It is also worthy to recall that Brazil aspires to a permanent seat at the UN security council. There is certainly a lot of merit for such a quest, but the country needs to demonstrate a certain acumen to deserve it: we are not anymore in 1945. Maybe Marco Aurelio and Lula thought that they could buy their ticket faster by controlling half a continent? The fact of the matter is that Lula da Silva has been accumulating errors, and huge ones, all through this year. There was the ganging of UNASUR against Colombia which has resulted in this one moving steadily out and possibly dragging with it Peru, and making Chile increasingly weary. Thus would die the brain child of Lula. There was the meddling of Brazil in Honduras, a place where it had nothing to do and of which it ignored pretty much everything. This only brought the antagonism of the US. And there was the obscene reception of Ahmadinejad, the contested president of Iran, the one who routinely kills political opponents, who veils its women, kills its gays. Has Lula forgot all about the Rio Carnival? the freedom it stands for? Has the trade union leader who knew jail forgotten his origins, renounced them by receiving the Teheran butcher?

I think the US has seen the light. Embroiled as they are in Afghanistan and Iraq and health care and other issues the Obama administration has decided that it cannot put up with spoiled brats. This is how we must understand Uribe speedy recognition of Lobo election in Honduras fast followed by other countries.  Thus started the division of the Americas in two blocks, sped up unnecessarily by Lula and Chavez mistakes.

Lula gambled heavily thinking he controlled Chavez and that the US was much weaker and more friendless than it really was.  Certainly not all is said, but right now Brazil is retreating unnecessarily, and grievously for its pride.

The first test of this unexpected (one year ago anyway) re-arrangement will have its first test when the election of the new OAS secretary takes place.  Stay tuned.


  1. Anonymous6:18 AM

    you must really feel better. Good article.

  2. Barqui

    It is not that I am feeling much better, I do but I still tire easily. These two posts about 2010 were already on draft before I came down with dengue. So I was able to finish them. But if you look closely, I am not covering much the current situation as I read few papers and watch little TV these days, preferring to read and rest in my hammock watching the papagayos bloom.

  3. Anonymous6:04 PM

    Daniel: I think that the Rep. of Panama should be colored LOW. This is a very stable country that elected a very conservative capitalist President this year. President Martinelli is clamping down on corruption, crime, drug traffickers etc... too bad he can only serve for five (5) years. The Rep. of Panama is one of the great democratic countries in the world where elections are honored and the rule of law is observed.
    Patrick in Panama

  4. Patrick

    I think the economist looks long term. Democracy in Panama is still relatively recent, still suffering Noriega sequels.

    In addition it is vulnerable to world trade fluctuations. Concentrated mostly in Panama city, any strike there can become quickly a national issue. When the Western part of the country gets at least a third of the GDP then things might look more stable to folks like The Economist.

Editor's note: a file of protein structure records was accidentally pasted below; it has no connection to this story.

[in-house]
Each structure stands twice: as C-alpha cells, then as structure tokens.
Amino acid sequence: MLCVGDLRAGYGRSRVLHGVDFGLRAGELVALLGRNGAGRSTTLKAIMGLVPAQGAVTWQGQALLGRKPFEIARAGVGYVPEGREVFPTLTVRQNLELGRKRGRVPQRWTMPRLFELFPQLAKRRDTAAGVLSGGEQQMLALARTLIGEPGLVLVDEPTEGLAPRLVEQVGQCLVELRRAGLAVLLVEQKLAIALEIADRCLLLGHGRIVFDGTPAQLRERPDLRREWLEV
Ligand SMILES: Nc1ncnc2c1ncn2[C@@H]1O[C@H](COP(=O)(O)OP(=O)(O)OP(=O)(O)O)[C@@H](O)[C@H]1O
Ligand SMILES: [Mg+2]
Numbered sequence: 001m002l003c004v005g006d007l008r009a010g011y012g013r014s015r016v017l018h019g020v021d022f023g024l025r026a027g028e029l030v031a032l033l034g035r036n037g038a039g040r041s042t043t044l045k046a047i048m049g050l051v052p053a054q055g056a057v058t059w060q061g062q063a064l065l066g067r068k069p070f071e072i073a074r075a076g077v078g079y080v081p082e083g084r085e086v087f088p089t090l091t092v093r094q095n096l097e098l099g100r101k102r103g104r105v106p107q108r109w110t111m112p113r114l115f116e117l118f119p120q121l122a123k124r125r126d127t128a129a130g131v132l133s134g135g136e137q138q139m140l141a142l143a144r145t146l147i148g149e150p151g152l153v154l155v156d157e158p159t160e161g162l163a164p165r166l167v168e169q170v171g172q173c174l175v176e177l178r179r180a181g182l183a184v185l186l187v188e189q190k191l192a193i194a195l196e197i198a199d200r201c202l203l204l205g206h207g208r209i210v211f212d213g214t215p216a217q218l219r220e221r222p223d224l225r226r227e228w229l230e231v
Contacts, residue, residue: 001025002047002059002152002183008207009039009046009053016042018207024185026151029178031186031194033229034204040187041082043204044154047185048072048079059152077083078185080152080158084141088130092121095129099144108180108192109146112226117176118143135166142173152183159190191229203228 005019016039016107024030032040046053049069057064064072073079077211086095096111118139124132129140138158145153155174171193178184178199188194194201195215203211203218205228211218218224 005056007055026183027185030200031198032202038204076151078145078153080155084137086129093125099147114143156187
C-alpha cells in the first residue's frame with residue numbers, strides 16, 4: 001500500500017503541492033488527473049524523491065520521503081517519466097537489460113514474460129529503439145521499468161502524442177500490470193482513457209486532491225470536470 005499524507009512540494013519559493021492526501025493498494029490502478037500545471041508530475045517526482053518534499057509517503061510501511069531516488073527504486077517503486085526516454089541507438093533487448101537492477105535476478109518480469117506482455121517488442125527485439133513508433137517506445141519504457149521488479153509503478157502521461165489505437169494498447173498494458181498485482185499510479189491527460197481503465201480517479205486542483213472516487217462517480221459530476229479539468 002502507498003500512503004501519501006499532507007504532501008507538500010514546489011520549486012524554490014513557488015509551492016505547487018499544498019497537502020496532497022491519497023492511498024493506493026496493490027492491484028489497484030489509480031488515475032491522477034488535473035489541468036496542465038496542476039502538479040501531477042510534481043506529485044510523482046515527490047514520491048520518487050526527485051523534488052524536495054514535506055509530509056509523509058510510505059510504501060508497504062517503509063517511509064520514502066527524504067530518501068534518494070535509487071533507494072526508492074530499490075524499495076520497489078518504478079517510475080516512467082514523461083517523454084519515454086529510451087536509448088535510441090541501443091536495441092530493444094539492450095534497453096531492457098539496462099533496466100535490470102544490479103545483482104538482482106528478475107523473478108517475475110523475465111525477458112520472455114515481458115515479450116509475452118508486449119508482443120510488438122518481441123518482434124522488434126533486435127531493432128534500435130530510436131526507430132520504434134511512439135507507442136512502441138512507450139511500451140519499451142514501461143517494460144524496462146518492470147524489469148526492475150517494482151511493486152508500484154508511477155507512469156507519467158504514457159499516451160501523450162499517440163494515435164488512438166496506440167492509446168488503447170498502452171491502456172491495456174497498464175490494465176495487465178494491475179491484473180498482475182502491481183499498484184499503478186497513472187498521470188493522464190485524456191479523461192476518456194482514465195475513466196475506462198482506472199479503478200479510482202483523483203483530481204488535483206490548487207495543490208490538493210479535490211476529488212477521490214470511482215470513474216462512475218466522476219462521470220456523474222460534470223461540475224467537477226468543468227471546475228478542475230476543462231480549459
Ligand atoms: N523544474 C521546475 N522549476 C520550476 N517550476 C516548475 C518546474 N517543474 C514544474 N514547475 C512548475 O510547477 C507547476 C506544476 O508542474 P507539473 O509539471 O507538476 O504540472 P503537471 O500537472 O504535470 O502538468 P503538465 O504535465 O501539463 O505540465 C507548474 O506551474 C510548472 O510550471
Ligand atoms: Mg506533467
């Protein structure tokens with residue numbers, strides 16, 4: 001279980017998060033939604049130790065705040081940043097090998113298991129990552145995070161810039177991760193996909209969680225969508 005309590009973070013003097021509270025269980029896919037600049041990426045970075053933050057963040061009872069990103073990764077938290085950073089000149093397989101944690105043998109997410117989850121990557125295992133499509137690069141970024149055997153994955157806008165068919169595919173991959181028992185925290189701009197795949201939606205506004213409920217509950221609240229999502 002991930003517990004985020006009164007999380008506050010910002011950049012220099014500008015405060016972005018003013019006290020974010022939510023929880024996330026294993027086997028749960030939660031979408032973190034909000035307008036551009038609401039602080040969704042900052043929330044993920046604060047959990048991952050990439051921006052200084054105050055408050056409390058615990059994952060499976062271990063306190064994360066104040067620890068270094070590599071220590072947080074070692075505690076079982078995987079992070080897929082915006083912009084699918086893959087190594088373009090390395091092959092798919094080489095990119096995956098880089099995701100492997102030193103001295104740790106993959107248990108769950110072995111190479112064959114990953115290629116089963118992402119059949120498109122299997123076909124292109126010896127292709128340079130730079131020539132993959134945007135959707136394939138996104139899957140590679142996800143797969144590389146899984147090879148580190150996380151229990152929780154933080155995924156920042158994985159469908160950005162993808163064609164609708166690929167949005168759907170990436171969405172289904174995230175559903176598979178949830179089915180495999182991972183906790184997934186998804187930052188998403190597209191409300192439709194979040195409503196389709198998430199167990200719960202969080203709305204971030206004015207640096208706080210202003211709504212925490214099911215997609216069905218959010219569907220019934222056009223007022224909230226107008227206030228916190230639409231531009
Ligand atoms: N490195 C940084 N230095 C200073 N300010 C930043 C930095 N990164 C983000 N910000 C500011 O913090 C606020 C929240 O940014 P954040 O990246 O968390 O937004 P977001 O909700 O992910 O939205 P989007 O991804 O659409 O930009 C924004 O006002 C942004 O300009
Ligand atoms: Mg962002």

5. Mercedes Atencio9:00 PM

    Niño, te hizo bien el dengue. Estás mas lúcido que nunca.

  6. An incredibly good post Daniel.Congratulations for drawing together a host of issues and countries to give an understandable picture of a very complex situation.

    I find the issue of Paraguay an interesting one ;there are some parallels to Honduras.We have the legislative branch of a small LA country standing up to a consensus.All the MERCOSUR governments want Chavez to join, and the Congress of Paraguay is the only one holding out even its own president is in favor.If they can keep it up, it will be another block to Chavez's plans.

    It is incredible that in LA where right wing military dictatorships used to be the obstacle to Democracy, things have swung around so much in the opposite direction that only a right wing president would be willing to defend democratic values against the likes of Chavez.Even moderate left wing leaders shy away from calling 'a spade a spade' when it comes to this issue.

    The example given in the Chilean run off elections is telling.Chavez can expect tolerance or even a degree of support from a moderate Frei government and would only be confronted if the right wing candidate is elected.

    Very interesting the possibility for future alliances between Colombia, Peru and Chile as a barrier to Chavez's and Brazil's influences.Here too this is subject to right wing politicians winning elections.

  7. Illusions, that’s what the map represents when it comes to South America. It wasn’t that long ago, after the Asian Financial crisis that economist rededicated a downturn and troubling time for South America. Ten years later, many parts of South America are now richer, safer and more stable. Take Brazil for instance; their economy like that of Chile & Peru has been booming; relatively speaking in comparison to the rest of the world, including the US of A. Example is Brazils dependence on oil, it has practically illuminated this as they are the biggest producers of Ethanol; and on top of this, Brazil as found the biggest oil reserves in recent history… this they of course will make much a profit from. Chile for example, a little different; it is the largest producer of Lithium… with Argentina, Bolivia also containing the remainder of most of the worlds Lithium supply. Though the world will depend on fossil fuels for some time to come; with more and more cars requiring Lithium, this fuel source will help South American countries to have even more of a boost into their economy AND their influence on the global market.